Senior Project at Ashley Hall | Private School in Charleston, SC

Senior Projects at Ashley Hall

Senior Projects at Ashley Hall | Charleston, SC
Senior Projects at Ashley Hall | Charleston, SC

Senior Project at Ashley Hall is one of the school’s most distinguished programs. This student-directed, year-long class is a synthesis of intense research, critical thinking, and targeted community outreach allowing students to delve deeper into a specific topic of interest. Selected through a competitive application process the prior spring, Senior Project girls begin researching their proposed topic over the summer months. This research then fuels their work over the course of the school year as the projects evolve. During April of the following year, the girls present their Senior Project research findings to the Upper School student body along with other distinguished guests. 

2019 Senior Projects

Kharynton Beggs

Technology, much like our population, is growing and expanding at an exponential rate. As we are fighting to keep up with all of the expansions, updates, and new innovations of the digital world, the focus needs to shift to look into how this is impacting younger generations. Within the last ten years, the use of technology and social media sites have become such a normal part of society that many cannot remember a time where they did not check their phones multiple times a day. This increase in social media use is a leading factor in the mental health crisis universities and colleges throughout the U.S. are facing today. This crisis can be traced back to middle school, where many mental health issues develop. With the increase in social media usage in middle school aged children, valuable life skills are being lost because some opt to have on-screen interactions instead of off-screen ones. Through my research, I intend to look at the short and long term effects of social media use on middle-school-aged-children. I will also delve into ways to help adolescents maneuver the challenges stemming from social media use, such as the loss of interpersonal and social skills, the causes of identity crises, the ability to discern the truth on the internet, and how to be a successful digital citizen.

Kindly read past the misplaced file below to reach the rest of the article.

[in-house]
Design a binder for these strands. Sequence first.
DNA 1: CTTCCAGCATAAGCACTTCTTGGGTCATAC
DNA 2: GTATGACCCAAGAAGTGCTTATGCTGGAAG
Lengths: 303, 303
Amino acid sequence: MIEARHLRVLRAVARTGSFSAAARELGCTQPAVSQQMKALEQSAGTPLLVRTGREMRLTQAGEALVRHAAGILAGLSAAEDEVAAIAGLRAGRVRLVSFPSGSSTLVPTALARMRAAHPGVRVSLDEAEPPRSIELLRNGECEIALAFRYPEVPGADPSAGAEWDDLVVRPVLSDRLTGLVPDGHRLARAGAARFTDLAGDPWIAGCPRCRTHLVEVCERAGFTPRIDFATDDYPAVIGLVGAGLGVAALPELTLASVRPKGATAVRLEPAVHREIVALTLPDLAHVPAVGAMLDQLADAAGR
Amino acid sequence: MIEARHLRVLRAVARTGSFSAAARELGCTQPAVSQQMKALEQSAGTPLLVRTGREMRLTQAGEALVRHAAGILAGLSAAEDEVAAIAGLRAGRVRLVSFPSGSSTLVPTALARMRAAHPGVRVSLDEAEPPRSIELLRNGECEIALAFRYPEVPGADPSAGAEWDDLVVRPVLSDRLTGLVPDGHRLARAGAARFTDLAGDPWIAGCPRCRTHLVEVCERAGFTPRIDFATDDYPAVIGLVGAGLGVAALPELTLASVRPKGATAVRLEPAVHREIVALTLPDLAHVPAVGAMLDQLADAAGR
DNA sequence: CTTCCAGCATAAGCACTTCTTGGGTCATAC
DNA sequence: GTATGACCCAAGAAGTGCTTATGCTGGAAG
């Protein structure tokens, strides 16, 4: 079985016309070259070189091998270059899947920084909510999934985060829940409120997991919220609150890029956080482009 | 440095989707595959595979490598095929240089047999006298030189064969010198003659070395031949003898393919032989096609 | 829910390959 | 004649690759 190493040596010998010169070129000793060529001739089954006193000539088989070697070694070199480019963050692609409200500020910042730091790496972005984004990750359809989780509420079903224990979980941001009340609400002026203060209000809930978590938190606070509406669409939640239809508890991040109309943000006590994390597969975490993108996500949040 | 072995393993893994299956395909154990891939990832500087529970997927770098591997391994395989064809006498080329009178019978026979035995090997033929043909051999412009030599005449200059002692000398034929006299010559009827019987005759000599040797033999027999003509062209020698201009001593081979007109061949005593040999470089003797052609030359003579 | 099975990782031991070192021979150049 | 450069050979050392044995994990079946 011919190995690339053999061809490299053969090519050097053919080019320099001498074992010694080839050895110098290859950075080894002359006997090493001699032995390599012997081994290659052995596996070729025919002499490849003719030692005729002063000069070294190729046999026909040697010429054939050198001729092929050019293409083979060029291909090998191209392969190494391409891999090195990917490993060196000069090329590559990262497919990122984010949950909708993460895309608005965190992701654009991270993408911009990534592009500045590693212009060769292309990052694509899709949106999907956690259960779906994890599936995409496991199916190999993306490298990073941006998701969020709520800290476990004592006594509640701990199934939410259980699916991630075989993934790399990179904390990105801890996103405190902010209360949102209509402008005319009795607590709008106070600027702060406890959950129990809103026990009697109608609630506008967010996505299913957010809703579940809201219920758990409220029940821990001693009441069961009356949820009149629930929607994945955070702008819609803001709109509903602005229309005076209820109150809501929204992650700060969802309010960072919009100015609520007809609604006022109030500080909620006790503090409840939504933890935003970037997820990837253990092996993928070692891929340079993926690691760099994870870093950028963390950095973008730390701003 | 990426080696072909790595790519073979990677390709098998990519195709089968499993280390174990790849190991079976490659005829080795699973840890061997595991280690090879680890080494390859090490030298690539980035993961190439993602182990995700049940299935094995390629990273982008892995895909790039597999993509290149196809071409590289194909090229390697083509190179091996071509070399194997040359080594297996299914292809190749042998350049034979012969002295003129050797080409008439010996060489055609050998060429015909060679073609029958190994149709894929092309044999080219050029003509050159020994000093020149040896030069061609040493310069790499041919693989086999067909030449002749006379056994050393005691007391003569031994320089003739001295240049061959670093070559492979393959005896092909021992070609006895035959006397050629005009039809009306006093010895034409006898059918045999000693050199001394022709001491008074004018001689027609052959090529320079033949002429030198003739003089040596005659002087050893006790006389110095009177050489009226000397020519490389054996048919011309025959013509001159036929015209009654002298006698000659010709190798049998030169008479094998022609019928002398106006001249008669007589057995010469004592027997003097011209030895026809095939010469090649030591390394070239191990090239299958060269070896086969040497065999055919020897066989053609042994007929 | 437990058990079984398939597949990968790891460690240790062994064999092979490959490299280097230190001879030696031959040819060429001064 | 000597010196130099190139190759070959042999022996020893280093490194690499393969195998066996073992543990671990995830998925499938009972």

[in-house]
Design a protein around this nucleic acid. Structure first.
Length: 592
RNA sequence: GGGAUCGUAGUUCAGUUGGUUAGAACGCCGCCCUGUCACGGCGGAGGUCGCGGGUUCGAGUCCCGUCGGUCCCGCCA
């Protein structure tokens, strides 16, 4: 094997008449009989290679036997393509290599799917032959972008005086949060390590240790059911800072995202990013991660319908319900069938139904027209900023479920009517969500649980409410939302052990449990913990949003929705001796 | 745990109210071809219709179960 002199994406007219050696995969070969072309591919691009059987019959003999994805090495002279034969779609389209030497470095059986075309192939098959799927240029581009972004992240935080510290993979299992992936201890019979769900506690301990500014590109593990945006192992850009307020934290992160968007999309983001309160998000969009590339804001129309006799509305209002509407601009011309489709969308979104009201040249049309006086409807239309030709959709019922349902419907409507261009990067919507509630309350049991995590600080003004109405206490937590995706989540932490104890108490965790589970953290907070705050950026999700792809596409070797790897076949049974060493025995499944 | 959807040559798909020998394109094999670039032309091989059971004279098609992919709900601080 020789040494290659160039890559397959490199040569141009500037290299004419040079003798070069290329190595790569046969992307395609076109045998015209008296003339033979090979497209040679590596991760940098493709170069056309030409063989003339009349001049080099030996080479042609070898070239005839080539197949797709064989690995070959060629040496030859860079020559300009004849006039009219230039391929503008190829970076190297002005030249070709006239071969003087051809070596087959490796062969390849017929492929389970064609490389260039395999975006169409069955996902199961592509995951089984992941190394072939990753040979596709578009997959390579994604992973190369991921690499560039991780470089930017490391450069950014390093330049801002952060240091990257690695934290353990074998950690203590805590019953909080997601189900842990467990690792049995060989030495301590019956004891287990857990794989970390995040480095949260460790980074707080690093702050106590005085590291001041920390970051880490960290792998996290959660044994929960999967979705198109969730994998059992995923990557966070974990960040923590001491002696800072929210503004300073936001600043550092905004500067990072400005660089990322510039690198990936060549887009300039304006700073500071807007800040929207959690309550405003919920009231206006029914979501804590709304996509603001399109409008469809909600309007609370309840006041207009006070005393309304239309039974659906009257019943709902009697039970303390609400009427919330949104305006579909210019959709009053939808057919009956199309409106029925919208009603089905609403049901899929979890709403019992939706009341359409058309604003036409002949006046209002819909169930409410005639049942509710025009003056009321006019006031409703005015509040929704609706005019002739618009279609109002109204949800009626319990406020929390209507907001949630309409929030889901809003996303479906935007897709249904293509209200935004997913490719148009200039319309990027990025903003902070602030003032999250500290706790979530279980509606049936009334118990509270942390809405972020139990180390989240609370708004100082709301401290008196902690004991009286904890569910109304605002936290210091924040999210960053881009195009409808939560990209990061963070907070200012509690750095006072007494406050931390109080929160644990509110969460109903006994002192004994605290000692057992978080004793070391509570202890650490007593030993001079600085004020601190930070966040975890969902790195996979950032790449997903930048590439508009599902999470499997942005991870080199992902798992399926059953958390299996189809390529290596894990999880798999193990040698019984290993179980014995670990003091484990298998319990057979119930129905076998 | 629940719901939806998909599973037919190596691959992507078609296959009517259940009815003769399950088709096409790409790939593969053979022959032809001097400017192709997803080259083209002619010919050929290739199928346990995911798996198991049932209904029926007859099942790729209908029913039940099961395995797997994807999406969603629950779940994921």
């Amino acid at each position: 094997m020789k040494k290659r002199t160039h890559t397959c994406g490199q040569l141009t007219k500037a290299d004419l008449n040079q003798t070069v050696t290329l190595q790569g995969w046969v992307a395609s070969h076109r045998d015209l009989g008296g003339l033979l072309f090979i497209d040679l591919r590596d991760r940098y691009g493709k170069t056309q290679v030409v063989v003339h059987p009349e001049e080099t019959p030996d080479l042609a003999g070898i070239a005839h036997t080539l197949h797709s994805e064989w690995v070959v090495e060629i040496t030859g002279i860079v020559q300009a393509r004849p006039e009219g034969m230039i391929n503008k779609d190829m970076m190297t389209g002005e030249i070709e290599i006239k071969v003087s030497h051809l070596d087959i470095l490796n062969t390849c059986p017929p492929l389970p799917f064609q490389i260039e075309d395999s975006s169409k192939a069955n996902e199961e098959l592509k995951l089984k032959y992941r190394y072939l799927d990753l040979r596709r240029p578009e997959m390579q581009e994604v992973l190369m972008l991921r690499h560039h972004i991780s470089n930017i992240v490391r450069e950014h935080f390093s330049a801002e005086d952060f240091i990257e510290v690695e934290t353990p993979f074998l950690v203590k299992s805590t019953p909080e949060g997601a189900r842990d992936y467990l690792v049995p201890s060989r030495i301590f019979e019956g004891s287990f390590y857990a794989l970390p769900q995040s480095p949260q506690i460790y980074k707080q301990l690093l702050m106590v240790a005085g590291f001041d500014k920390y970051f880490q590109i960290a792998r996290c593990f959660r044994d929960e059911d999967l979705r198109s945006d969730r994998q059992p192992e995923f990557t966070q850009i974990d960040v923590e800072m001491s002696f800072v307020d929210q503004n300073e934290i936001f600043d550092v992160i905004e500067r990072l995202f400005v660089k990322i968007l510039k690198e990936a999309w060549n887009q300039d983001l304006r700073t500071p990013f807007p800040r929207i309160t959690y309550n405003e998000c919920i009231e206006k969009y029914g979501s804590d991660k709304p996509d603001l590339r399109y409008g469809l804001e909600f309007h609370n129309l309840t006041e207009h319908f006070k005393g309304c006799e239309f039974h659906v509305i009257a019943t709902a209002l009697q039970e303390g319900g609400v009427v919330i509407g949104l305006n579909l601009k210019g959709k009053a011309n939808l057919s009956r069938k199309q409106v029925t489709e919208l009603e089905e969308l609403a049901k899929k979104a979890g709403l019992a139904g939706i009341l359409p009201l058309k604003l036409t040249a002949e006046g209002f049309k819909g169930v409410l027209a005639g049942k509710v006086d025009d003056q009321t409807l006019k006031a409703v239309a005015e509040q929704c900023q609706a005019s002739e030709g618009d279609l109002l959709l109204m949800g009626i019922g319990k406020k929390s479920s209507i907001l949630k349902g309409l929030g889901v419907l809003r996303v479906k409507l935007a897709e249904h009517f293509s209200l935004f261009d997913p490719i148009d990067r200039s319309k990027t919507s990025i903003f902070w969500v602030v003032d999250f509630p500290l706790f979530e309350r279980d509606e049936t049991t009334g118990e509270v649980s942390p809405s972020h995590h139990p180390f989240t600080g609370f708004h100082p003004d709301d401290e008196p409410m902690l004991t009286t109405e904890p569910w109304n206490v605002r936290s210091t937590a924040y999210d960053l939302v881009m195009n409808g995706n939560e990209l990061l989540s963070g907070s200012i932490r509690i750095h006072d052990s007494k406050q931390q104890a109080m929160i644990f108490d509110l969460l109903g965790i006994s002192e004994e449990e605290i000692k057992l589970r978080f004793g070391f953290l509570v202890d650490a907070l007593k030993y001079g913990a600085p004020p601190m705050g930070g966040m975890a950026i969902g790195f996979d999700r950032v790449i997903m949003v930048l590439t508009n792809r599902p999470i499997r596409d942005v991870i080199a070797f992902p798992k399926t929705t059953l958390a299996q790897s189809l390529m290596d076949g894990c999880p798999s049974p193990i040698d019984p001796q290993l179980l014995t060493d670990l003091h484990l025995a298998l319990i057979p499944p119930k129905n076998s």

Celia Smith